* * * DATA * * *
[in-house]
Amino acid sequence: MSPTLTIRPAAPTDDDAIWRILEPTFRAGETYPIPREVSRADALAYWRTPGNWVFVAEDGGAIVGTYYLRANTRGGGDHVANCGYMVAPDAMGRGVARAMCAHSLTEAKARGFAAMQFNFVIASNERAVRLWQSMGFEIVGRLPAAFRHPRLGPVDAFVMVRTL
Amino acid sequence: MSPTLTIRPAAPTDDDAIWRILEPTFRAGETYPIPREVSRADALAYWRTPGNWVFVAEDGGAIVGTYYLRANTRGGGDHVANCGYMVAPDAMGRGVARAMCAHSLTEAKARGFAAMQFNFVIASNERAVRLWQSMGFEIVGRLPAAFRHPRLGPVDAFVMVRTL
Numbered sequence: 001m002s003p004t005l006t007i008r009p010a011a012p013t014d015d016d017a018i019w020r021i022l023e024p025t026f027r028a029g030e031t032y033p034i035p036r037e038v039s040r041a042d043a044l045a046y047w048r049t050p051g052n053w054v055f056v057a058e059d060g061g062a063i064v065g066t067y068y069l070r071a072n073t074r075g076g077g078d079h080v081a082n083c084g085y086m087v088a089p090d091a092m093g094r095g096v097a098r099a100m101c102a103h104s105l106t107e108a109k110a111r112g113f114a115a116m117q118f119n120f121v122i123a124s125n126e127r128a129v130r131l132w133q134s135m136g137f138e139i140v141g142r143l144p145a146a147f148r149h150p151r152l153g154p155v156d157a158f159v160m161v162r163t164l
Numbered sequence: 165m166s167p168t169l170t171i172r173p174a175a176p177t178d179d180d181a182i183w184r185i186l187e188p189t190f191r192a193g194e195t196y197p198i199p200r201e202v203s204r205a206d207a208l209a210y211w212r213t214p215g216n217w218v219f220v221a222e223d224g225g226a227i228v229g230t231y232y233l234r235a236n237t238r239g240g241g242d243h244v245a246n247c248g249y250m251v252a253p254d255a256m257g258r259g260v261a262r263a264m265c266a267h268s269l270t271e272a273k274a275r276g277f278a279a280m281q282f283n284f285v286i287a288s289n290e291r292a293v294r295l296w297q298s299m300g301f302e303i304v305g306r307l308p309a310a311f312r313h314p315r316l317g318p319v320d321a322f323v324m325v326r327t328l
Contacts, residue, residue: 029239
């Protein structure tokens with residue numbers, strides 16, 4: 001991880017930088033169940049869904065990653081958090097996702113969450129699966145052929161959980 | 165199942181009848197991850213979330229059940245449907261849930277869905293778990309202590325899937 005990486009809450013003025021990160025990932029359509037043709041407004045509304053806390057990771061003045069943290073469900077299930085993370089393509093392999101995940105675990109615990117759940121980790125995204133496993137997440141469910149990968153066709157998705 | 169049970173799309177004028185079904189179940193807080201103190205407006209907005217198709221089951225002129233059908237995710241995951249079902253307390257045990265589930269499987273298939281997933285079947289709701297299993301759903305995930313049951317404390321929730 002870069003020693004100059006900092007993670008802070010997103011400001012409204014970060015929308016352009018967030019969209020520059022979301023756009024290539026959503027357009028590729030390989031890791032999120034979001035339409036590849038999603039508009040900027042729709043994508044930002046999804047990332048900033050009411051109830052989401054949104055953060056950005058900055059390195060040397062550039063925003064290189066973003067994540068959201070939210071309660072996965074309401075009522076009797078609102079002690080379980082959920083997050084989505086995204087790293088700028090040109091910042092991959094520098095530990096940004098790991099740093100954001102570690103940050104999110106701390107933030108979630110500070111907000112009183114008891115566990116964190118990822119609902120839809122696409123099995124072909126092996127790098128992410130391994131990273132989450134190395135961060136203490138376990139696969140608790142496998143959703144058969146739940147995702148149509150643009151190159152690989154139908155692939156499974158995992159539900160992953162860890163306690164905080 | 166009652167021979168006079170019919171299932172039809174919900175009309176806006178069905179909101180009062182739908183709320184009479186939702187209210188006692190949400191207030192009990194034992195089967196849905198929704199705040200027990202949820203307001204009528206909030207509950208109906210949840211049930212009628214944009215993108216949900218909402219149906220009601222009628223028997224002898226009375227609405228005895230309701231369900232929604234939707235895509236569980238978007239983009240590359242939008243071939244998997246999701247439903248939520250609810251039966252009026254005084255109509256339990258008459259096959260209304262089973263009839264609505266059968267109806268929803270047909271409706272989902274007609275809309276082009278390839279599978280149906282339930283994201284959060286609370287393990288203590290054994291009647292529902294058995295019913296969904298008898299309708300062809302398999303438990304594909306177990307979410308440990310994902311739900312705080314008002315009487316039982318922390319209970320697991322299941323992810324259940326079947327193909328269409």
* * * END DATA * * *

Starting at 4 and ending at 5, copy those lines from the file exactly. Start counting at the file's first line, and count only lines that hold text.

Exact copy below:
Numbered sequence: 001m002s003p004t005l006t007i008r009p010a011a012p013t014d015d016d017a018i019w020r021i022l023e024p025t026f027r028a029g030e031t032y033p034i035p036r037e038v039s040r041a042d043a044l045a046y047w048r049t050p051g052n053w054v055f056v057a058e059d060g061g062a063i064v065g066t067y068y069l070r071a072n073t074r075g076g077g078d079h080v081a082n083c084g085y086m087v088a089p090d091a092m093g094r095g096v097a098r099a100m101c102a103h104s105l106t107e108a109k110a111r112g113f114a115a116m117q118f119n120f121v122i123a124s125n126e127r128a129v130r131l132w133q134s135m136g137f138e139i140v141g142r143l144p145a146a147f148r149h150p151r152l153g154p155v156d157a158f159v160m161v162r163t164l
Numbered sequence: 165m166s167p168t169l170t171i172r173p174a175a176p177t178d179d180d181a182i183w184r185i186l187e188p189t190f191r192a193g194e195t196y197p198i199p200r201e202v203s204r205a206d207a208l209a210y211w212r213t214p215g216n217w218v219f220v221a222e223d224g225g226a227i228v229g230t231y232y233l234r235a236n237t238r239g240g241g242d243h244v245a246n247c248g249y250m251v252a253p254d255a256m257g258r259g260v261a262r263a264m265c266a267h268s269l270t271e272a273k274a275r276g277f278a279a280m281q282f283n284f285v286i287a288s289n290e291r292a293v294r295l296w297q298s299m300g301f302e303i304v305g306r307l308p309a310a311f312r313h314p315r316l317g318p319v320d321a322f323v324m325v326r327t328l